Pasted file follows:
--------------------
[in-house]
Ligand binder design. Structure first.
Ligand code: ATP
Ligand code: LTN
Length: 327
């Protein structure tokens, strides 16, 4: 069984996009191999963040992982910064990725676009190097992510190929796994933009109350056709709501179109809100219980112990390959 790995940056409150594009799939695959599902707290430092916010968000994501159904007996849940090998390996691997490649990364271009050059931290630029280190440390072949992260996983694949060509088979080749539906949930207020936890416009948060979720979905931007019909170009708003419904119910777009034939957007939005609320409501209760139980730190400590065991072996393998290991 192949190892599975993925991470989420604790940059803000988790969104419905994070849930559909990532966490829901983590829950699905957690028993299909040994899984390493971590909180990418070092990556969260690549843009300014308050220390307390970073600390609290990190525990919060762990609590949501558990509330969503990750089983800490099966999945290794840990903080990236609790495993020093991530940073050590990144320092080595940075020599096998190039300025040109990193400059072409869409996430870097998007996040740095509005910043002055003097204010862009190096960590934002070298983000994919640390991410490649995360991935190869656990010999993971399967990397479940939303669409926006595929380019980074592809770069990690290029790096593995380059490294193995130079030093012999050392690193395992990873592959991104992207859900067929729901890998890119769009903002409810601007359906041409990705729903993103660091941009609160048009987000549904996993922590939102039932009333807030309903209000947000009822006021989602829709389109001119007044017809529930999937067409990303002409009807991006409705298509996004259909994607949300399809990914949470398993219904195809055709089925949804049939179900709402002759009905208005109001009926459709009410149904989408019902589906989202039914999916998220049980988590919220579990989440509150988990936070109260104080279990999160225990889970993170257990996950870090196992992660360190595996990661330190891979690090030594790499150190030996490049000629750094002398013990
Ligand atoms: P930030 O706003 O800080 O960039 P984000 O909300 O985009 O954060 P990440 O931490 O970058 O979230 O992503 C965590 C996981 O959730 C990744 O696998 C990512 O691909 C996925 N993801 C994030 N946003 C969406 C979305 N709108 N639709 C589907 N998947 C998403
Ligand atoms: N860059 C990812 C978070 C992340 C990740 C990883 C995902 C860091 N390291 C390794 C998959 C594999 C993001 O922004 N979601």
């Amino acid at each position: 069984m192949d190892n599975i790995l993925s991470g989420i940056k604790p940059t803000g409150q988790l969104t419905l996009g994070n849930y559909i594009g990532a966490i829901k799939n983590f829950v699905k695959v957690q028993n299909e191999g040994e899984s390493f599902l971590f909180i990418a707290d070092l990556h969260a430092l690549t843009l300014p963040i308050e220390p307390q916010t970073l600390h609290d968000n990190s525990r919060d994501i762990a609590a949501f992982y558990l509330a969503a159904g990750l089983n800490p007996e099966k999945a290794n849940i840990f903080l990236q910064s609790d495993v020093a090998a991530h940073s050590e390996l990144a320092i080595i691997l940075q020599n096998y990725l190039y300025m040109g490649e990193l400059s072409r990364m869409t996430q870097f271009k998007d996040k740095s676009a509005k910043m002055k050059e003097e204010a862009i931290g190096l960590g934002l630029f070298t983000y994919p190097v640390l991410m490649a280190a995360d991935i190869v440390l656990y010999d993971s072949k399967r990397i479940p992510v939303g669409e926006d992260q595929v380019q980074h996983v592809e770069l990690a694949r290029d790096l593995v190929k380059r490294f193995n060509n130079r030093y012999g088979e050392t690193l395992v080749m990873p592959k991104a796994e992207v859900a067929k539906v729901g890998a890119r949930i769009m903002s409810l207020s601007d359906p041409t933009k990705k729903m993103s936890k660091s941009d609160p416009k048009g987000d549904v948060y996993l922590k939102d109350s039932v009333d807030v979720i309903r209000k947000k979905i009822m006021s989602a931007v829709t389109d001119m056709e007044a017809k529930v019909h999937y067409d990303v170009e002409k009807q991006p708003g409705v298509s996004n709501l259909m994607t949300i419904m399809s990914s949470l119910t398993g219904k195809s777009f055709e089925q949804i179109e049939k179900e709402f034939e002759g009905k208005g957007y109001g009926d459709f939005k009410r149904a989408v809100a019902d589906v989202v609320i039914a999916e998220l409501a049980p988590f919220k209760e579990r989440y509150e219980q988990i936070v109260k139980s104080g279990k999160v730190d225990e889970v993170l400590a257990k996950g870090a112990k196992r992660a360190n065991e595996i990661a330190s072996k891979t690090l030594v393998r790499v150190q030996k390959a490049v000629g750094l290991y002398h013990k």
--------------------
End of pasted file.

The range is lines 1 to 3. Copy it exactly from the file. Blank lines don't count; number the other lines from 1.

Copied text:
[in-house]
Ligand binder design. Structure first.
Ligand code: ATP